What’s dinner without a steaming bowl of white rice? In colonial days, rice was Georgia’s number one export. The swampy areas along the Savannah, Altamaha, and Ogeechee rivers were ideal rice fields. Richard Schultz, Jr., talks about helping grow rice during the hot, muggy summers at Turnbridge Plantation near Savannah. Alligators and snakes made the work dangerous. Today mechanical combines do the work of harvesting rice that slaves did in colonial Georgia. Jackie Edwards, a reenactor at Howfyl-Broadfield Plantation demonstrates how slaves would separate rice from its hulls using a very large wooden pestle and mortar to pound the grains. Faye Cowart, tour guide at the plantation, lists other potential disasters in growing rice. Plantations along the coast had to watch for hurricanes because the storm surge could force salt water up the river and onto fields ruining the crop for many years. Rice birds could devastate a crop in a short period. Robbie Harrison whose family has grown rice at Fife Plantation for more than 150 years concurs. He planted his last rice crop in 1984 after being plagued by birds and mosquitoes. Richard Schultz, Sr. allows that the crop had a high commercial value in its colonial days and brought great wealth. Before the American Revolution, 25,000 barrels were exported annually compared to 2,000 after the war. After the conflict, rice never again was Georgia’s number one export.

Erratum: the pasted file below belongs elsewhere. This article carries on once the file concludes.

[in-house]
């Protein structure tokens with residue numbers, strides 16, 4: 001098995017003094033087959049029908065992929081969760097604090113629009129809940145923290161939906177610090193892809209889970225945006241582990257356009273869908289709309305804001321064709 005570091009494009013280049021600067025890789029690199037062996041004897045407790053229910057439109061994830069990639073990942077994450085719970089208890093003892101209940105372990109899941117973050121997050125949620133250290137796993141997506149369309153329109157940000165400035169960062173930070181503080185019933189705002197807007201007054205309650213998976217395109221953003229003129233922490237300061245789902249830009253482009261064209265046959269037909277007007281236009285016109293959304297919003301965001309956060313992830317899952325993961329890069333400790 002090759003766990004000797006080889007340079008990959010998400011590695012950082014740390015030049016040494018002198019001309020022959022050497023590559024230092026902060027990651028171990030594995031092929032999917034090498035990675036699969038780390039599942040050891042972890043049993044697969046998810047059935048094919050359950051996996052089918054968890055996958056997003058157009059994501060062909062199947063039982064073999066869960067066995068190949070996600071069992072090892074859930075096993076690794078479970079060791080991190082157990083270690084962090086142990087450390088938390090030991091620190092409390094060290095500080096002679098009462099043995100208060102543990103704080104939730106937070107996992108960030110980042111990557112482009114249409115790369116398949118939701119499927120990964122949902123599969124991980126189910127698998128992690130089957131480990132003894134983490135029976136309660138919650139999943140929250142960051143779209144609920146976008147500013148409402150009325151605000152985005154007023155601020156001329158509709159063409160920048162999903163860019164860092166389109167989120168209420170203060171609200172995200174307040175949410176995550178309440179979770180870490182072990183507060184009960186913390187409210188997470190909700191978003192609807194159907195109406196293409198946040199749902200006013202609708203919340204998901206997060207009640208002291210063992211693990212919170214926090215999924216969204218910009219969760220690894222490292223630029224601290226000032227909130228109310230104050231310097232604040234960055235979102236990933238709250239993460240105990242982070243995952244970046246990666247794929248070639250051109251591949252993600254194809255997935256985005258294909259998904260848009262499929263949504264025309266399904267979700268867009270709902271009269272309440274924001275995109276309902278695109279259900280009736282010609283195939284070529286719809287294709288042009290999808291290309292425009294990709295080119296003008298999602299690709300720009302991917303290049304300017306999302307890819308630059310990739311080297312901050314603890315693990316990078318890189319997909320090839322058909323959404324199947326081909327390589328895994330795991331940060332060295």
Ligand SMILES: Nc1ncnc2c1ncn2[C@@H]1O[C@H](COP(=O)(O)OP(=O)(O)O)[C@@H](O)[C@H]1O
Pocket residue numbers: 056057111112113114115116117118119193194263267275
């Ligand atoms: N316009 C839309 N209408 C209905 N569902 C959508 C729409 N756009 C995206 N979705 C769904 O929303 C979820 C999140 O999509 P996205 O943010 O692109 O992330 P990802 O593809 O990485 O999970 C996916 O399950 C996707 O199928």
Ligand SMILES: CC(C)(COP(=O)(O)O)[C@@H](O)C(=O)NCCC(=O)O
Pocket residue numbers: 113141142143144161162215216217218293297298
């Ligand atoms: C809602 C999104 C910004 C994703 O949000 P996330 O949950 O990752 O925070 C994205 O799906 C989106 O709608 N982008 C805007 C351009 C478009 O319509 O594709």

Teacher tip: Outline the story of the rice economy in Georgia using these major headings: Rice in Colonial Georgia, Rice during and after the American Revolution, and Problems in Growing Rice.